FARMINGTON — New Mexico students — including those in San Juan County — will take their annual state standards-based assessment test this month as the transition to a new exam based on national Common Core standards begins.
And it will be the last time they put pencil to paper. Future tests will be entirely computer-based.
The testing window for the New Mexico Standards Based Assessment started on Monday. All students in third through eighth grades and sophomores and juniors in high school will take the Bridge assessment exam to measure the progress students have made in the areas of language arts, math and science.
Aztec Municipal School District's Director of Instruction Judy Engleheart said this year's assessment includes questions based on both the current New Mexico state standards and the new Common Core-based standards.
Next year, students will take the Partnership for Assessment of Readiness for College and Careers Assessment, or PARCC, which was created by a partnership among 24 states and uses the Common Core standards.
The PARCC exam will be entirely computer-based.
"The Common Core questions might seem somewhat more difficult and could require more of a critical thinking stance," Engleheart said. "I'm more concerned about transitioning from paper-based testing to computer-based testing."
The New Mexico Public Education Department this year allowed districts to volunteer to test a computer-based version of this year's test.
Leighann Lenti, New Mexico Public Education Department Deputy Secretary, said about 25 percent of schools across the state will test the computer-based exam in preparation for next year.
"We thought it would be an early opportunity to help our schools prepare in terms of how the test might look and feel ... to help them get ready earlier," Lenti said. "And we're happy a quarter of the schools are taking this option."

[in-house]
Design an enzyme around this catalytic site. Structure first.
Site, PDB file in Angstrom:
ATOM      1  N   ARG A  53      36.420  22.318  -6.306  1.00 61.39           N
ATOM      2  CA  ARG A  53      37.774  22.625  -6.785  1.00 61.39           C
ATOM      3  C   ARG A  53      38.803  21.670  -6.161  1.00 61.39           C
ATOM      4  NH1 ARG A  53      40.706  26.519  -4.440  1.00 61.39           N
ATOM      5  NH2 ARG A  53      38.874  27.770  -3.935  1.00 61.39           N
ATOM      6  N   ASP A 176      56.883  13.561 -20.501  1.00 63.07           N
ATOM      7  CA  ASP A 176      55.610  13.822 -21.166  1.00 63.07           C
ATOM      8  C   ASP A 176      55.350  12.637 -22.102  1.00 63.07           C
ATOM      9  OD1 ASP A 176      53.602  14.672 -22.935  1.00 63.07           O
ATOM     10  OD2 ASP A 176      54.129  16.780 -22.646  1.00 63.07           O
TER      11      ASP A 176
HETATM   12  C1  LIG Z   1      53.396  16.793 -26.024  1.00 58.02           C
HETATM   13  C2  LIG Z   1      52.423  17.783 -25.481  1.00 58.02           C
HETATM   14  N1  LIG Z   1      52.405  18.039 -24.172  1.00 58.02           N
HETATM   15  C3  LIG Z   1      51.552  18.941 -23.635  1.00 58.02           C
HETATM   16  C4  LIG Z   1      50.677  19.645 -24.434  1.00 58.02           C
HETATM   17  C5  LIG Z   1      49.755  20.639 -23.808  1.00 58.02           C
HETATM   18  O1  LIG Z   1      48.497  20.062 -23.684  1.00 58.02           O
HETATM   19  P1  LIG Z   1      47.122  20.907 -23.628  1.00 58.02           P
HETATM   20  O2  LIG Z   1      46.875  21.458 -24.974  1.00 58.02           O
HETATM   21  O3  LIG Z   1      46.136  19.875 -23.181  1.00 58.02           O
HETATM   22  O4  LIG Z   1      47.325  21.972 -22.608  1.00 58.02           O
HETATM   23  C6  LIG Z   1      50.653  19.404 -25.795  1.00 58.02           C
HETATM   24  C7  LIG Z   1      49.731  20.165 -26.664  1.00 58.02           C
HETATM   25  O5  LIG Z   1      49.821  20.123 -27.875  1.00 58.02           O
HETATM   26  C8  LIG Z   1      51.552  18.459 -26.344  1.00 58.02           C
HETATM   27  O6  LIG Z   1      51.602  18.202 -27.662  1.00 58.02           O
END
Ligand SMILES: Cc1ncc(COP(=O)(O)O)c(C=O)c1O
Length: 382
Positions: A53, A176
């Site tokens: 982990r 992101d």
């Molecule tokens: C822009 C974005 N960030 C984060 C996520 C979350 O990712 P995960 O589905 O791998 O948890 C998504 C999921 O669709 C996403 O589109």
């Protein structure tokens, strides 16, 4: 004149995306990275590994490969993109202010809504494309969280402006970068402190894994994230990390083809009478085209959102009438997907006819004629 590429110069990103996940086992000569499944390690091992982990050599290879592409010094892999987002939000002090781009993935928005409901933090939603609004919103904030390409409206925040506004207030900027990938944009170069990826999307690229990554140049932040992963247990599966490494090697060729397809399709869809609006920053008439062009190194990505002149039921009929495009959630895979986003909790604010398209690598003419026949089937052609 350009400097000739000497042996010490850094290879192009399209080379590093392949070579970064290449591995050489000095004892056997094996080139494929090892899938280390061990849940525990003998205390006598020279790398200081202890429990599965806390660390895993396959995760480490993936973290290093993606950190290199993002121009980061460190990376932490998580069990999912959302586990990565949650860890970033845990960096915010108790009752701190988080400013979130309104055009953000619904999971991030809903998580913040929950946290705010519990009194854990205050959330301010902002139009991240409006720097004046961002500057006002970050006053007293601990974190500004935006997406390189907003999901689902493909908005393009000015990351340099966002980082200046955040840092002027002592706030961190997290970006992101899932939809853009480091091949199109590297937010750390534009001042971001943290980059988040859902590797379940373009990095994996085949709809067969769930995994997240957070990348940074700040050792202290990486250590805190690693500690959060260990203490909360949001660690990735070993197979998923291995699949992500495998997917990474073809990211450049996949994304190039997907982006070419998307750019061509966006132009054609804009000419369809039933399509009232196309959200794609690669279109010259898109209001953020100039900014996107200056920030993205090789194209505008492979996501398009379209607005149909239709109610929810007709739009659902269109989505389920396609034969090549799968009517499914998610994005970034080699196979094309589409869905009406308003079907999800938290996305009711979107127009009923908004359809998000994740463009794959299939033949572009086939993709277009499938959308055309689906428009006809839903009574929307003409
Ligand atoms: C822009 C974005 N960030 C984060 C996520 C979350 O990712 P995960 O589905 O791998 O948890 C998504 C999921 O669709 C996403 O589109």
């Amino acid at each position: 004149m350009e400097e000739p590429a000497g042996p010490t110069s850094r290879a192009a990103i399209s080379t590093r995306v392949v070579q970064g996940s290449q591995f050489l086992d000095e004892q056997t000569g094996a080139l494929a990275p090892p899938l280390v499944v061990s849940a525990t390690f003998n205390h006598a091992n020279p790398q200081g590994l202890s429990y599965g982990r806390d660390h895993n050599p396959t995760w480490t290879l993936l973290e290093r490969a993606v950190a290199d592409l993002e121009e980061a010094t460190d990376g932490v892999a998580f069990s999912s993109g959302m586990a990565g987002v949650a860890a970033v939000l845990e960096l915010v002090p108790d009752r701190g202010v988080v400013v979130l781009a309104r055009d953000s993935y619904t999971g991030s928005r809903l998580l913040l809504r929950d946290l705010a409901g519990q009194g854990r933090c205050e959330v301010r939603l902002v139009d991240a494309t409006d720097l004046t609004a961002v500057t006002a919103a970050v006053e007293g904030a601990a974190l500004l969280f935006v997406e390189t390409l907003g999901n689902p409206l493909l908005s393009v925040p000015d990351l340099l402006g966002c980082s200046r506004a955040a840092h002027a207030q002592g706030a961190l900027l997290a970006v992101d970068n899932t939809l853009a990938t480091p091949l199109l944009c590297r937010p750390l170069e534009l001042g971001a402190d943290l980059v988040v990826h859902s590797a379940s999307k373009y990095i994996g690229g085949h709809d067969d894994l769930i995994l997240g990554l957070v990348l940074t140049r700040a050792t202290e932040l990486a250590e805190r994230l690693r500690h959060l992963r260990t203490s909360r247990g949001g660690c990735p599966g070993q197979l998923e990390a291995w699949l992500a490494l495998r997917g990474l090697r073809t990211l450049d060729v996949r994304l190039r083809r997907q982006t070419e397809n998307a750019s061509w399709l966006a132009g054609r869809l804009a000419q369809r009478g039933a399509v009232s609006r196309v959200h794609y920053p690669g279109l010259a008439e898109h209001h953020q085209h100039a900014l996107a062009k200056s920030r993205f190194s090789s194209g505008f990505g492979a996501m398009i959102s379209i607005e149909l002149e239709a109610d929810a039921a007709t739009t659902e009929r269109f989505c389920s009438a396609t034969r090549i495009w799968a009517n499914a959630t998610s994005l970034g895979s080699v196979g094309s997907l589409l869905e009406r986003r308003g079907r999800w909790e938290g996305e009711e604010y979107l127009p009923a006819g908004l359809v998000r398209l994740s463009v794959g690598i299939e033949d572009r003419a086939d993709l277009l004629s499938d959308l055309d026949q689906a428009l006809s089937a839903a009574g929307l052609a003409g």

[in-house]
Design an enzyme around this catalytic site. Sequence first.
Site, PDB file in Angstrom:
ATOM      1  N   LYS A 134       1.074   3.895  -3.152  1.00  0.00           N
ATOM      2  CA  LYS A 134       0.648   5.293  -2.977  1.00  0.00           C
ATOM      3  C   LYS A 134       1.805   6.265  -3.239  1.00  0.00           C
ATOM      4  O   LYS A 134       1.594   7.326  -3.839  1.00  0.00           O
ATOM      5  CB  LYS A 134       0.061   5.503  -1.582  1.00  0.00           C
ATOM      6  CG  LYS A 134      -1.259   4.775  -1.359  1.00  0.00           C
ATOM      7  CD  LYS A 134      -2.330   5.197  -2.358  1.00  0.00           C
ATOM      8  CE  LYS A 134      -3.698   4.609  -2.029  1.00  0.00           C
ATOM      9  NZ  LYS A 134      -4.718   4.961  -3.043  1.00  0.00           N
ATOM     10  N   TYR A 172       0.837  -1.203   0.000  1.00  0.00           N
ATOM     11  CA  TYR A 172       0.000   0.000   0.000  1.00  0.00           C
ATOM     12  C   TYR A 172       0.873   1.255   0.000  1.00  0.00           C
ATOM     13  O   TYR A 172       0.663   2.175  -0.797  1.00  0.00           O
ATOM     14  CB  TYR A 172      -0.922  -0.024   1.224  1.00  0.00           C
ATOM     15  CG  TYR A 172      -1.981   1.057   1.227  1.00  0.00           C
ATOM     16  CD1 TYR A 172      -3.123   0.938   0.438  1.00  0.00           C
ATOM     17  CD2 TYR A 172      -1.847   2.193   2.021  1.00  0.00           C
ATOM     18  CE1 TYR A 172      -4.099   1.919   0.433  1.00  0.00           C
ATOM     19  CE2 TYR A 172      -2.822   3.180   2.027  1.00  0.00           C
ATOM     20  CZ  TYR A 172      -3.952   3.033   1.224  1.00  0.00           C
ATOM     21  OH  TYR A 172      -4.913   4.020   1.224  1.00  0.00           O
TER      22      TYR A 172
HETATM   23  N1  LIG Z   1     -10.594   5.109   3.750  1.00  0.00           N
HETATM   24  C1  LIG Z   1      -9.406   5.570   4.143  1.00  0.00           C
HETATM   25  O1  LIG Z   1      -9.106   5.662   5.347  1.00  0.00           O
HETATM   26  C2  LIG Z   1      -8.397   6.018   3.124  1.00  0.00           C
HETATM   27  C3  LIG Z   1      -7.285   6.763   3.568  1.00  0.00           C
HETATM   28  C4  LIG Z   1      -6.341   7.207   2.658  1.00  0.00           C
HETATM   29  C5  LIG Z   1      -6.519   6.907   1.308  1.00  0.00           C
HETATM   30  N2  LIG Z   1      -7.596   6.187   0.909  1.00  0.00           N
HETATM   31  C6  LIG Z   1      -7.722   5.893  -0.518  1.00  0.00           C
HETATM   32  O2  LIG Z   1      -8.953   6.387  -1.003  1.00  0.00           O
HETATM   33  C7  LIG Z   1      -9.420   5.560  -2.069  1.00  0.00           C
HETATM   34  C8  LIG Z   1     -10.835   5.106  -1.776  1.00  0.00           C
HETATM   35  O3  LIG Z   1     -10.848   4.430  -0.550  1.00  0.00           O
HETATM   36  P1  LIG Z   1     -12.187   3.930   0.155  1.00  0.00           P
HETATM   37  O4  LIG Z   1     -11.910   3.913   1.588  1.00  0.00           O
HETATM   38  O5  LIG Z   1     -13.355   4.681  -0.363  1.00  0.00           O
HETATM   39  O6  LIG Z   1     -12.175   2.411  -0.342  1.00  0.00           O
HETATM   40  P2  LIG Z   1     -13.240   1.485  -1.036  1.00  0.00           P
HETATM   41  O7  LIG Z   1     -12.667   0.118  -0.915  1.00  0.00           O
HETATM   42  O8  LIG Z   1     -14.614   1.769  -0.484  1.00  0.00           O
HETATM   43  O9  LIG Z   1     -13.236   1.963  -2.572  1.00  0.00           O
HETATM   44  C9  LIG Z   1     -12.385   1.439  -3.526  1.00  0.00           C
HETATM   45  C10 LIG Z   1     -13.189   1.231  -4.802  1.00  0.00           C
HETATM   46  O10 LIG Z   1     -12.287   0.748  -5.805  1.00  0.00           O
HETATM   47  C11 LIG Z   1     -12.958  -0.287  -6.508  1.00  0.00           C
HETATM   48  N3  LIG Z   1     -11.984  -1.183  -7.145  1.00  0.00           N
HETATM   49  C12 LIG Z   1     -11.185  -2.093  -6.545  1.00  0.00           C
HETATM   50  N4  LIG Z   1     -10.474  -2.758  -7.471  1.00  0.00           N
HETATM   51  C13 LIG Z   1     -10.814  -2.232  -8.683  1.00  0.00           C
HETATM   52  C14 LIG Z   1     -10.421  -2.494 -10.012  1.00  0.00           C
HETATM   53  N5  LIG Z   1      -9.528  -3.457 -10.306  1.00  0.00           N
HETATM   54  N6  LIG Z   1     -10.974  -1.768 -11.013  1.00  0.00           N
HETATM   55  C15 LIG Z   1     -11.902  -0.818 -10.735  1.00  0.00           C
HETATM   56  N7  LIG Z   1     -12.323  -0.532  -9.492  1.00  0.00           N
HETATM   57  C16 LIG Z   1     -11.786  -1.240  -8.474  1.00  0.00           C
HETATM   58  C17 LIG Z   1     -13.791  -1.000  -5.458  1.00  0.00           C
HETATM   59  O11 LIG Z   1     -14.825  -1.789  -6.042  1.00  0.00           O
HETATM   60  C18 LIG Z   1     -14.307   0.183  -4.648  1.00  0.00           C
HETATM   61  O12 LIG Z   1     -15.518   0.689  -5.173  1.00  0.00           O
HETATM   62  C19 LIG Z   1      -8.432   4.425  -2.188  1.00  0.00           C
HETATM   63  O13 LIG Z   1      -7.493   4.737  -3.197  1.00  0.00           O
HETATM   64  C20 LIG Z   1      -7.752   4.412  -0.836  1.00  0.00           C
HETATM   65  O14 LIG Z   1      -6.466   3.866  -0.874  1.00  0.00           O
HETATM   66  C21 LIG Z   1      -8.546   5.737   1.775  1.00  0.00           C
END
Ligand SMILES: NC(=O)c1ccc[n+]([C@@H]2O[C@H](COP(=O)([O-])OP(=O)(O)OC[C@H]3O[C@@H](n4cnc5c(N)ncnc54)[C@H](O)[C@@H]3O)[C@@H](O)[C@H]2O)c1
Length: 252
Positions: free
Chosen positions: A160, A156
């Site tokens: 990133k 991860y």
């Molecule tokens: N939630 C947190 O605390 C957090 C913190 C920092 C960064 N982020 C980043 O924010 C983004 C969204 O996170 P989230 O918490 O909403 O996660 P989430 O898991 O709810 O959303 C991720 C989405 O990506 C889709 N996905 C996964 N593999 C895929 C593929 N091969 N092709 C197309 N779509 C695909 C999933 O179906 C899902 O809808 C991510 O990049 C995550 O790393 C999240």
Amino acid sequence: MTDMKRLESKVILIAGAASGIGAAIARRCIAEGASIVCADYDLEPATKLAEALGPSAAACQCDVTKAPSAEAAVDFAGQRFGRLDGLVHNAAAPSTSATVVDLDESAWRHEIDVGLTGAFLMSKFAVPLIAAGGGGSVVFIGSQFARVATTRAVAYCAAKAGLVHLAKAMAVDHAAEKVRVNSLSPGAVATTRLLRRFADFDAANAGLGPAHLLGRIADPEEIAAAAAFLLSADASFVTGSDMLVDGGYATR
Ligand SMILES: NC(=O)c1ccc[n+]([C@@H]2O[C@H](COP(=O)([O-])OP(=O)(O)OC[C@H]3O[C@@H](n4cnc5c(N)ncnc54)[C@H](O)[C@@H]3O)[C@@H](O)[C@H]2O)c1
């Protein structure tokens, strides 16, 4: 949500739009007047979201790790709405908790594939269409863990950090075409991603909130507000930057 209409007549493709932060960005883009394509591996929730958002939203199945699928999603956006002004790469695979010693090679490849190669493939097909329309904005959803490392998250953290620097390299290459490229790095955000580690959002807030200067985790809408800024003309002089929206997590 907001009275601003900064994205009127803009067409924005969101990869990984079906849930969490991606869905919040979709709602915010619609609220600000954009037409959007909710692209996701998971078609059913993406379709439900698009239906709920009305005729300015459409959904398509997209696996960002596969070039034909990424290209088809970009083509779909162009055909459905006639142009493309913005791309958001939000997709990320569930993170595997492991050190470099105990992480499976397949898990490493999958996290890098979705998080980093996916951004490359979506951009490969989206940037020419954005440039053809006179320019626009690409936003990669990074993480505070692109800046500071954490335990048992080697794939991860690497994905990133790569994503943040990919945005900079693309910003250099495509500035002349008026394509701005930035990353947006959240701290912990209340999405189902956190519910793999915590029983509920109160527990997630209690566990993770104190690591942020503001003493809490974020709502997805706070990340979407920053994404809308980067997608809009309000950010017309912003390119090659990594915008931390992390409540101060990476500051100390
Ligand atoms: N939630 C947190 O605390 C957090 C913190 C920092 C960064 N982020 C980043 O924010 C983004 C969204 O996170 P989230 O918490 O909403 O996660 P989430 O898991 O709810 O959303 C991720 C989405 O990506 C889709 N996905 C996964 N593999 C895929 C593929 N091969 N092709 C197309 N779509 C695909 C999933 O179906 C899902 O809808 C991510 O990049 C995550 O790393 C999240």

Students at Vista Nueva High School in Aztec will be taking the computer-based test along with students in grades three through eight in Bloomfield Schools and Central Consolidated School District's Tse' Bit Ai' Middle School in Shiprock. Farmington Municipal Schools will be testing all students with the computer-based test.
CCSD spokesman James Preminger said bandwidth and computer availability were concerns along with rolling blackouts in the Newcomb and Naschitti area.
Robert Emerson, Farmington Municipal Schools assistant superintendent of educational services, said about 5,000 computers in the district were tested and updated to work with the computer-based assessment, and network tests were conducted to see if students had connectivity issues.
With middle school and high school students taking the test on their assigned Apple computer laptops, most problems were related to overloaded wireless network access points.
New equipment was installed at some schools and others will relocate students within their buildings during test times in an effort to evenly spread out network loads.
Emerson oversaw two days of testing at Northeast Elementary School and said he is confident about the students' ability to handle the assessment on the computer.
"They take tests on the computers all the time and it doesn't seem as strange to them," Emerson said. "They don't seems fazed by this at all."